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Sleep apnea news

A novel way to diagnose sleep apnea

Ben-Gurion University of the Negev (BGU) researchers have developed a new system to assess obstructive sleep apnea (OSA) severity while a patient is awake and analyze sleep-wake activity, using his or her smartphone.

Jan 09, 2017
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Sleep apnea treatment showing good results

Daniel Tarro had a bad snore. It kept his family up at night. It woke up the neighbors if the windows were open. It once disturbed a gymnasium full of sleeping rescue volunteers, forcing Tarro to move to a private area to ...

Dec 06, 2016
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Sleep apnea may make lung cancer more deadly

A team of researchers from the University of Chicago and the University of Barcelona has found that intermittent hypoxia, or an irregular lack of air experienced by people with sleep apnea, can increase tumor growth by promoting ...

Nov 17, 2016
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Genetic cause for shift work fatigue discovered

Some people adapt easily to shift work, but not everyone can handle constant disruptions to their daily rhythm. Finnish researchers have now found that a melatonin receptor gene influences tolerance to shift work.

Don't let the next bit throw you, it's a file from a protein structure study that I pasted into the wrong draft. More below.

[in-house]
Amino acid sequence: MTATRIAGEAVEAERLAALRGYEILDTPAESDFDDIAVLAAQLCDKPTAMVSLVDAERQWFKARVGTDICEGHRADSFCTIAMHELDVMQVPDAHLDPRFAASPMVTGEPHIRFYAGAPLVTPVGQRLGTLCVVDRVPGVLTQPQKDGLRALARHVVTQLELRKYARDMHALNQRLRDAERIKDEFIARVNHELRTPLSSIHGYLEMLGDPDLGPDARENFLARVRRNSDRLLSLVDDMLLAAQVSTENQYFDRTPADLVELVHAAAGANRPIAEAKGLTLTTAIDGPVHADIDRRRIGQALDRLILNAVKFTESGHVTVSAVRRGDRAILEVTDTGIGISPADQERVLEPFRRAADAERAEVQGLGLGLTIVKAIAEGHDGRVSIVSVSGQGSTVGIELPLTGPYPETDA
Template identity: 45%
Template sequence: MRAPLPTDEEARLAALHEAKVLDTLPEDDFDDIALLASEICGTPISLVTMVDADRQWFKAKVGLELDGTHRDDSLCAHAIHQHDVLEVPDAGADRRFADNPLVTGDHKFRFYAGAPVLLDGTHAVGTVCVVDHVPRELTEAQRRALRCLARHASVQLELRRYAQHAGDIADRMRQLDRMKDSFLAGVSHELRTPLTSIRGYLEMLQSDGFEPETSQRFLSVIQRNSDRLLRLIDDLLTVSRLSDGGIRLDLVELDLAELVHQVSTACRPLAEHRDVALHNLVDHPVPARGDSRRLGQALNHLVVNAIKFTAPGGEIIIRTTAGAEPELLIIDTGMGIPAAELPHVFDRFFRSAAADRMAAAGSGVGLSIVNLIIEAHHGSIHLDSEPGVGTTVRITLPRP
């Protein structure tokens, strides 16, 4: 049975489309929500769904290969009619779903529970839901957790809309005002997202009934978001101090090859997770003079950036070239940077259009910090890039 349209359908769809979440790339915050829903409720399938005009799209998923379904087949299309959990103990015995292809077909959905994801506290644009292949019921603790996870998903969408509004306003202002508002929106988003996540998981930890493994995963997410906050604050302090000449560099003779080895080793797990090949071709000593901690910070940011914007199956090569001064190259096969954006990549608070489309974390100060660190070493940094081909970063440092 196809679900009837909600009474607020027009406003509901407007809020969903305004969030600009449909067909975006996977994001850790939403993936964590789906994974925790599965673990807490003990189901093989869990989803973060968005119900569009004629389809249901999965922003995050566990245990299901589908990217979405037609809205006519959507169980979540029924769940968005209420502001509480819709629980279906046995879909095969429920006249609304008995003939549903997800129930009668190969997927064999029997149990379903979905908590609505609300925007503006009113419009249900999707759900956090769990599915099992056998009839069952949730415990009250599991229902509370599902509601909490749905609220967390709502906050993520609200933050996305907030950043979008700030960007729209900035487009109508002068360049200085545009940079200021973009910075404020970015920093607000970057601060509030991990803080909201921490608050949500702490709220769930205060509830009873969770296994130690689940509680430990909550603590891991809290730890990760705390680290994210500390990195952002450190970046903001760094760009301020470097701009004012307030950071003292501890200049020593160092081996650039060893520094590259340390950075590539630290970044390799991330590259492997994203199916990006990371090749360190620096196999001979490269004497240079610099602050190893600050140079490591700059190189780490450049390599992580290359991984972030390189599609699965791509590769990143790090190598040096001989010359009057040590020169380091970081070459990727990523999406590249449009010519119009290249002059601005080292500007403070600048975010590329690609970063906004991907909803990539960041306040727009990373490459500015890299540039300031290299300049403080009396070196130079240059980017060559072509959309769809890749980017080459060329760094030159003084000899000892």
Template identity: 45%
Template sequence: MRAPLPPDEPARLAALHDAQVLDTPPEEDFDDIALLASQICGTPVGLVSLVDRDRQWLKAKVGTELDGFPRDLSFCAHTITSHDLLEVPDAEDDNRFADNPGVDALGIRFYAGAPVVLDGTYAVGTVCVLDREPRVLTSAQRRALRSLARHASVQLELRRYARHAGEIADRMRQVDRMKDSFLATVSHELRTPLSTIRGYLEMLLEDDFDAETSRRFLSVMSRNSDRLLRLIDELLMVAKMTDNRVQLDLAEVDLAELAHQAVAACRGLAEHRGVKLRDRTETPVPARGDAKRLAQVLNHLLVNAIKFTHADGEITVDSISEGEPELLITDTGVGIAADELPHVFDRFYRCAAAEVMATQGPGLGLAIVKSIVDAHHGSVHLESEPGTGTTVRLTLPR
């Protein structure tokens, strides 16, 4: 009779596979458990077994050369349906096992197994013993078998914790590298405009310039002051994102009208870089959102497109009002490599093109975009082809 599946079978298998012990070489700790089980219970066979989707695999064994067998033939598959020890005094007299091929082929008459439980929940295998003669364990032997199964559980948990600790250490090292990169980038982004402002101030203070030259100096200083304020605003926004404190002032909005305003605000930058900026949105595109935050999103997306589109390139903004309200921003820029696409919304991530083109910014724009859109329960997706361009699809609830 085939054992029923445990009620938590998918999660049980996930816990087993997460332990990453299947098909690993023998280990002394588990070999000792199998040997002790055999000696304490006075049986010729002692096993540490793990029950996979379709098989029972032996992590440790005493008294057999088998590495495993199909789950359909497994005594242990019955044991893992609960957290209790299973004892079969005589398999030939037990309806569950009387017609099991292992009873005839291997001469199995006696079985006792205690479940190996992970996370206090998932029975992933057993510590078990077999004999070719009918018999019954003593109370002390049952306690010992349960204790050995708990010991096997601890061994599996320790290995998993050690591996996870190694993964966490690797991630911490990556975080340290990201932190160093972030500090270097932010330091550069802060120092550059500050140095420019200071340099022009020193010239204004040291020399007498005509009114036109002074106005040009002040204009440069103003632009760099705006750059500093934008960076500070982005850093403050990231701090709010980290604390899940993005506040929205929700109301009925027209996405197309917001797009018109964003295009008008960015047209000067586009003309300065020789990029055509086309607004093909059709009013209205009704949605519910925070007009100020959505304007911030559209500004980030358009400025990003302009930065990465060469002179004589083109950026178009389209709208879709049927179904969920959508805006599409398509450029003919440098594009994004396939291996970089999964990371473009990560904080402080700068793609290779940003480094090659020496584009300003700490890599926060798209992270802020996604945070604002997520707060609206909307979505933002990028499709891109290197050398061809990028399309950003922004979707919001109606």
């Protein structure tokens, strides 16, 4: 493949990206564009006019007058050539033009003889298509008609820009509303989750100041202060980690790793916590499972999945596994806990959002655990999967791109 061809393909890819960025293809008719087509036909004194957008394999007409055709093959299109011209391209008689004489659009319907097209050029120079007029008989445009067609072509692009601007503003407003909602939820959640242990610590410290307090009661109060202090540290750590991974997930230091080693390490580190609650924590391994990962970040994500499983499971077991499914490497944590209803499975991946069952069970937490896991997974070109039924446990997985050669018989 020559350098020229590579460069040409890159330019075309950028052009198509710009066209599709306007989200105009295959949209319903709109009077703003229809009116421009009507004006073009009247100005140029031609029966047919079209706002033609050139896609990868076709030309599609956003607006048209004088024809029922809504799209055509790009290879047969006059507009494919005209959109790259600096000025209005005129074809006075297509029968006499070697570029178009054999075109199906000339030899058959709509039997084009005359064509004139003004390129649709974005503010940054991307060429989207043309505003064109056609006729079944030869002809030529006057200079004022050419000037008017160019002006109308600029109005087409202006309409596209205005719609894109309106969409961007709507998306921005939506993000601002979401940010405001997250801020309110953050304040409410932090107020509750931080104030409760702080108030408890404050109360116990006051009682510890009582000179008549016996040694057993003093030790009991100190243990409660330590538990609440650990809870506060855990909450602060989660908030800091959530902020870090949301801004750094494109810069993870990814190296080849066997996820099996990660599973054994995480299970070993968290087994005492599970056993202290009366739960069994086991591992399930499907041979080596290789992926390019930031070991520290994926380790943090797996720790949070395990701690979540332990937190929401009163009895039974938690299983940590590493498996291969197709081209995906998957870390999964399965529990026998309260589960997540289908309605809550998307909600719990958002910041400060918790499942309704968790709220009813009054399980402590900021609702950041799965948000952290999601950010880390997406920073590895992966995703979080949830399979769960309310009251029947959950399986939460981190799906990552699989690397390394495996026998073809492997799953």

Nov 04, 2016
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Not all sleep apnea patients are obese

Contrary to popular opinion, not all people who suffer from obstructive sleep apnea (OSA) are obese. However, a new study from Neuroscience Research Australia (NeuRA) and the Prince of Wales Hospital (POWH) highlights that ...

Sep 26, 2016
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More News Stories

Losing sleep over climate change

Climate change may keep you awake—and not just metaphorically. Nights that are warmer than normal can harm human sleep, researchers show in a new paper, with the poor and elderly most affected. According to their findings, ...

Scientists jump hurdle in HIV vaccine design

Scientists at The Scripps Research Institute (TSRI) have made another important advance in HIV vaccine design. The development was possible thanks to previous studies at TSRI showing the structures of a protein on HIV's surface, ...

Bioelectricity new weapon to fight dangerous infection

Changing the natural electrical signaling that exists in cells outside the nervous system can improve resistance to life-threatening bacterial infections, according to new research from Tufts University biologists. The researchers ...

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